By Jeff Williams
The Community Financial Services Association files an amended lawsuit after the CFPB ratified rules following the Supreme Court’s Selia Law decision.
Following the Consumer Financial Protection Bureau’s ratification of regulatory actions taken from Jan. 4, 2012, through June 30, 2020, to cure defects delineated by the Supreme Court in Selia Law LLC v CFPB, the Community Financial Services Association of America, Ltd. (CFSA) filed an amended complaint against the CFPB in the federal district court in Austin, Texas on Aug. 28, 2020, seeking to invalidate the Bureau’s final rule on "Payday, Vehicle Title, and Certain High-Cost Installment Loans." The CFSA is asking the court to set aside the 2017 Rule and the ratification of the payments provisions because they are "outside the Bureau’s constitutional and statutory authority, as well as unnecessary, arbitrary, capricious, overreaching, procedurally improper, and substantially harmful to lenders and borrowers alike." Alternatively, the court should order the Bureau to undertake a rulemaking petition it previously rejected by Advanced Financial to exempt debit-card payments from the payment provisions, the CFSA said (Community Financial Services Association of America, Ltd. v. Consumer Financial Protection Bureau, Case No. 1:18-cv-00295).
The Bureau adopted the ratification after the Supreme Court ruled, in a 5-4 decision in Seila Law on June 29, 2020, that the CFPB Director’s removal provision violates the separation of powers and is severable from the other statutory provisions bearing on the Bureau’s authority (see Banking and Finance Law Daily, July 8, 2020).
Amended complaint highlights. The CFSA alleges in the amended complaint that the Bureau’s final rule would "virtually eliminate" payday loans and force millions of consumers to turn to other, more costly options, such as pawn loans, defaulting on other debts, and "unregulated and illegal underground" credit sources. "If allowed to go into effect, the payments provisions of the 2017 Rule will cause substantial harm to consumers by eliminating the convenience of pre-authorized payments and increasing the likelihood that a loan will enter into collections sooner than it otherwise would have (if at all)," the CFSA said. "Some lenders may stop offering installment loans altogether, resulting in higher credits costs and fewer credit options."
The CFSA also argues that the rule was handed down by a "fundamentally flawed agency" that has "substantial power" over the U.S. economy and whose power "was unconstitutionally concentrated in a single, unaccountable and unchecked Director insulated from both the President and the Congress and hence from the people."
The CFSA complaint alleges that the ratification process should have gone through a notice-and-comment rulemaking and that the Bureau also failed to address and explain why it was ratifying components of the rules that had relied on incorrect interpretations of its authority. Further, the CFSA alleges the ratification the Bureau adopted in July is "legally insufficient to cure the constitutional defects in the 2017 Rule or otherwise make effective the 2017 Rule’s payment provisions."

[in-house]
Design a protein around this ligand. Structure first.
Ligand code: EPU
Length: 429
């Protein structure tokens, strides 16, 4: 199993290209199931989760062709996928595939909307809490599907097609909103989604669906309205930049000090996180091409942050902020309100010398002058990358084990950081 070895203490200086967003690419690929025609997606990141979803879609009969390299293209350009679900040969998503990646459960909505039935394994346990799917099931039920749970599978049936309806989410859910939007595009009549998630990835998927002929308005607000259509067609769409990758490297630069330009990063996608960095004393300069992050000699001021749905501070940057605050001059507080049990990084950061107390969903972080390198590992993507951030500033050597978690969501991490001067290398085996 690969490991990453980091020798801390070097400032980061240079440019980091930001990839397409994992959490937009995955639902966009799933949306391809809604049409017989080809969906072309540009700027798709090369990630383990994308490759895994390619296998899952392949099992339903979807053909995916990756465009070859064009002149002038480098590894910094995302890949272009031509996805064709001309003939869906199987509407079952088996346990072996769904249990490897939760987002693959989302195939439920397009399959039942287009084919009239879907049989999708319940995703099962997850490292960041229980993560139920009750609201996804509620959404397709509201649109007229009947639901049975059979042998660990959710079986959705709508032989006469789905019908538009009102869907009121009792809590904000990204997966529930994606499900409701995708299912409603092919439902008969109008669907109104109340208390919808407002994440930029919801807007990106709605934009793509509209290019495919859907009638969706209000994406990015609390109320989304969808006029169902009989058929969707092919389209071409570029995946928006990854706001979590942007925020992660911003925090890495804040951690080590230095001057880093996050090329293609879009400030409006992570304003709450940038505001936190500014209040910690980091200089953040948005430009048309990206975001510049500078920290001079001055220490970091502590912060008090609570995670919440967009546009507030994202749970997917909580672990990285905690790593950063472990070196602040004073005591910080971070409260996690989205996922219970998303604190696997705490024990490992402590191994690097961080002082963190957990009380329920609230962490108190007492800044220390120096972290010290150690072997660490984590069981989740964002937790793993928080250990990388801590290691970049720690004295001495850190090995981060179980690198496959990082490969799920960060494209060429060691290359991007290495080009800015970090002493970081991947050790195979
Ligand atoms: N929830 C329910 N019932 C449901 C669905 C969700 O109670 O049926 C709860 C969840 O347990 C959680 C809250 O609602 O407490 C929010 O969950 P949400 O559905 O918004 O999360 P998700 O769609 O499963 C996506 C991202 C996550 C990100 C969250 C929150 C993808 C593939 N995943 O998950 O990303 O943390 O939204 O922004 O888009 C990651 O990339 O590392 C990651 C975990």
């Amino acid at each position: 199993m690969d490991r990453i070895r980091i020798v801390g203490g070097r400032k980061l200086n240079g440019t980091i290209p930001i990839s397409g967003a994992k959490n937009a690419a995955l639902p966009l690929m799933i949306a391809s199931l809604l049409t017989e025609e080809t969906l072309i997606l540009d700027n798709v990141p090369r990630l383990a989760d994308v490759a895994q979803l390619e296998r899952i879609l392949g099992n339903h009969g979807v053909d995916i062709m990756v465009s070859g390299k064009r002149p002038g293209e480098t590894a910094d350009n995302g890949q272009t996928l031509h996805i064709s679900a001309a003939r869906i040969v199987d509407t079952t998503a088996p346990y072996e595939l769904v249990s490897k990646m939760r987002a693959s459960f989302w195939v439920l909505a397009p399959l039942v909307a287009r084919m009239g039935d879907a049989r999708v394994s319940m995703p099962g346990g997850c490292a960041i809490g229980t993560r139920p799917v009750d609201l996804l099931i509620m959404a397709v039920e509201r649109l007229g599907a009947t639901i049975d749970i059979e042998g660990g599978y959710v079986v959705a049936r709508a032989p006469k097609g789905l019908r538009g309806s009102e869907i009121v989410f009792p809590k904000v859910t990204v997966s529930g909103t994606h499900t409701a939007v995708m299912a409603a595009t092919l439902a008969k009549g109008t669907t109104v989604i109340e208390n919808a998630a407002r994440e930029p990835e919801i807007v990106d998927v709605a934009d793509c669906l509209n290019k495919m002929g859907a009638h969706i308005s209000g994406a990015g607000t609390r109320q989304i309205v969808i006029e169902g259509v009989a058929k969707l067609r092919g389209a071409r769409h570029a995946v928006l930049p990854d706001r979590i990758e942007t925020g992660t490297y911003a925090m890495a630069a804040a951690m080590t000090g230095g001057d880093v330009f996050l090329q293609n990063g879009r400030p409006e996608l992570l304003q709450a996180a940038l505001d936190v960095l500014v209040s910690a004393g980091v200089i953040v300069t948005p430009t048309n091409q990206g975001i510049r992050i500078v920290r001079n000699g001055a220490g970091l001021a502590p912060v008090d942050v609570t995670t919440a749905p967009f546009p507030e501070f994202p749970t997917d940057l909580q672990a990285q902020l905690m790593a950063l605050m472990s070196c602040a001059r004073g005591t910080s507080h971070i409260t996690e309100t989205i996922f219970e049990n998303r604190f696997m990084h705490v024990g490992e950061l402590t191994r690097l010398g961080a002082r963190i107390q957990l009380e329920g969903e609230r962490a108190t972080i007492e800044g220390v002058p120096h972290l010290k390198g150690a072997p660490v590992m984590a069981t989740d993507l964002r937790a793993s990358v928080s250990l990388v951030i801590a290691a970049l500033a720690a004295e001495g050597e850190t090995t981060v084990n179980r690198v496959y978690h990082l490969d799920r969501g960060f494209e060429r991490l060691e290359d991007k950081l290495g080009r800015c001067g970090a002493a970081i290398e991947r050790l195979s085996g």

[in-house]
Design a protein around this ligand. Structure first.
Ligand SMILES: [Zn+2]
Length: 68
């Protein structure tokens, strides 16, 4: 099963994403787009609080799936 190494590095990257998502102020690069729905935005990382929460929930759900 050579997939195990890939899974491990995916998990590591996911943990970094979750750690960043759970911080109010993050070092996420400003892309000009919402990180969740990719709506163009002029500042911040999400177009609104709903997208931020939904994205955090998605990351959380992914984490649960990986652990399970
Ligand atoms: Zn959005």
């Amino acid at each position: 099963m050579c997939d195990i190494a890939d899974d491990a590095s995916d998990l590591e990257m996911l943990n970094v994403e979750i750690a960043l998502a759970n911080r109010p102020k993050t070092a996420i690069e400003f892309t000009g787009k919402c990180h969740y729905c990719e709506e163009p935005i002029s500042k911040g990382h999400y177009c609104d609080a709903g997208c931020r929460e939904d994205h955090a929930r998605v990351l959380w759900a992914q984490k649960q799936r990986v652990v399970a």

According to the CFSA, "Those provisions require a valid rulemaking process, which only a validly constituted agency can undertake. If the Bureau wishes to impose those provisions, it must conduct a new, valid rulemaking." Allowing the Bureau to "lean on the ratification now would enable the agency to sidestep essential notice-and-comment requirements based on a previous agency action (an attempted rulemaking) that all now agree had no legal force whatsoever, and that cannot lawfully be given retroactive legal force through a ratification," the CFSA said.
In addition to the "flawed ratification" the CFSA alleges, the group argued the rulemaking process that produced the 2017 Rule had other "critical flaws," including that it was "fundamentally at odds" with the statutory authority Congress delineated for the Bureau. "Congress set a clear boundary on the Bureau’s powers by unequivocally declaring that the Bureau lacks the authority to establish a usury limit," the CFSA said. "The payments provisions flagrantly run afoul of this statutory restriction by improperly targeting installment loans with a rate higher than 36 percent." Also, the payment provisions in the rule rely on incorrect constructions of the statutory terms "unfair" and "abusive" that the Bureau did not have evidence to support, the CFSA said.
The payment rules are also arbitrary and capricious, the CFSA alleges, because they "assume lenders are the cause of the purported injury. In fact, the alleged harms—the fees charged by the consumers’ banks for failed payment-transfer attempts and the possibility of account closures—are caused by third parties involved in repayment efforts, and it is arbitrary, capricious, and unreasonable for the Bureau to restrict lender practices because of perceived abuses by non-lenders."
The Bureau also acted improperly by extending the payment rules to multi-payment installment loans and to debit and prepaid card transactions, the CFSA said.
Attorneys: Christian G. Vergonis (Jones Day) for Community Financial Services Association of America, Ltd. and Consumer Service Alliance of Texas. Kevin Edward Friedl for the Consumer Financial Protection Bureau.
Companies: Community Financial Services Association of America, Ltd.; Consumer Service Alliance of Texas
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